Catiline Orations

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The Catiline Orations, or Catilinarian Orations, were speeches given in 63 BC by Marcus Tullius Cicero, the consul of Rome to expose to the Roman Senate the plot to overthrow the Roman government, purportedly led by Lucius Sergius Catilina (Catiline) and his allies. There is scholarly debate about the trustworthiness of Cicero's speeches, including questions as to how factually true they are, with some ancient historians such as Sallust hinting that Catiline is a more complex and sympathetic character than Cicero's writings suggest.[1] These accounts took place almost a hundred years or more after the orations, but portray Catiline in a more sympathetic light, even going so far as to excuse him of any involvement at all, leading to questions of whether the Catilinarians were political propaganda designed to solidify Cicero's position in the political sphere rather than a factual account of the events of 63. However, most accounts of the events come from Cicero's pen himself. This is one of, if not the most, well documented events taking place in the ancient world, and has set the stage for classic political struggles pitting homeland security against civil liberties.[2]


Running for the consulship for a second time after having lost the first time, Catiline was an advocate for the poor, calling for the cancellation of debts and land redistribution. However, there was substantial evidence Catiline had bribed numerous senators to vote for him and engaged in other unethical conduct related to the election. Cicero, in indignation, issued a law prohibiting such machinations.[3] It seemed obvious to all that the law was directed specifically at Catiline. Catiline, in turn, conspired to murder Cicero and the key men of the Senate on the day of the election in what became known as the Second Catilinarian conspiracy. Cicero discovered the plan and postponed the election to give the Senate time to discuss the attempted coup d'état.

The day after the election was supposed to be held, Cicero addressed the Senate on the matter, and Catiline's reaction was immediate and violent. In response to Catiline's behavior, the Senate issued a senatus consultum ultimum, a kind of declaration of martial law invoked whenever the Senate and the Roman Republic were considered to be in imminent danger from treason or sedition. Ordinary law was suspended, and Cicero, as consul, was invested with absolute power.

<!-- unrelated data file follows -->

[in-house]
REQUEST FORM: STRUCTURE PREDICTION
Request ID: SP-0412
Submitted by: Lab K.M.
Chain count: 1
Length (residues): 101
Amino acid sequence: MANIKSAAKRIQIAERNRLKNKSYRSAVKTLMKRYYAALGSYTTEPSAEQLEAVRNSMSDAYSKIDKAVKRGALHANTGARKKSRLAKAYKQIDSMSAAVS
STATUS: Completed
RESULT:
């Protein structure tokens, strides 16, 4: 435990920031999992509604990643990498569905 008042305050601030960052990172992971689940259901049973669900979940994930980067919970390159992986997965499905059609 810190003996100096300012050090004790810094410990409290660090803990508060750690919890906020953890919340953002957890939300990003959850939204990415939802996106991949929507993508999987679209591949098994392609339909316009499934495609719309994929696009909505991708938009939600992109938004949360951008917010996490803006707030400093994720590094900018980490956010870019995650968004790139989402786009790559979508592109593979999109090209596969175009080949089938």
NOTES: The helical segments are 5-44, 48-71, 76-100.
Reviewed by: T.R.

When the election was finally held, Catiline lost again. Anticipating the bad news, the conspirators had already begun to assemble an army, made up mostly of Lucius Cornelius Sulla's veteran soldiers. The nucleus of conspirators was also joined by some senators. The plan was to initiate an insurrection in all of Italy, put Rome to the torch and, according to Cicero, kill as many senators as they could.[citation needed][4]

Through his own investigations, he was aware of the conspiracy. On November 8, Cicero called for a meeting of the Senate in the Temple of Jupiter Stator, near the forum, which was used for that purpose only when great danger was imminent. Catiline attended as well. It was then that Cicero delivered one of his most famous orations.

Oratio in Catilinam Prima in Senatu Habita[edit]

Cicero Denounces Catiline, fresco by Cesare Maccari, 1882-1888

As political orations go, it was relatively short, some 3,400 words, and to the point. The opening remarks are still widely remembered and used after 2000 years:

Quo usque tandem abutere, Catilina, patientia nostra? Quam diu etiam furor iste tuus nos eludet? Quem ad finem sese effrenata iactabit audacia?

When, O Catiline, do you mean to cease abusing our patience? How long is that madness of yours still to mock us? When is there to be an end of that unbridled audacity of yours, swaggering about as it does now?[5]

Also remembered is the famous exasperated exclamation, O tempora, o mores! (Oh the times! Oh the customs!).

Catiline was present when the speech was delivered. He replied to it by asking people not to trust Cicero because he is Homo Novus and to trust Catiline because of the history of his family. People in the Senate didn't believe Cicero in the first place.[6] Catiline then ran from the temple, hurling threats at the Senate. Later he left the city and claimed that he was placing himself in self-imposed exile at Marseilles, but really went to the camp of Manlius, who was in charge of the army of rebels. The next morning Cicero assembled the people, and gave a further oration.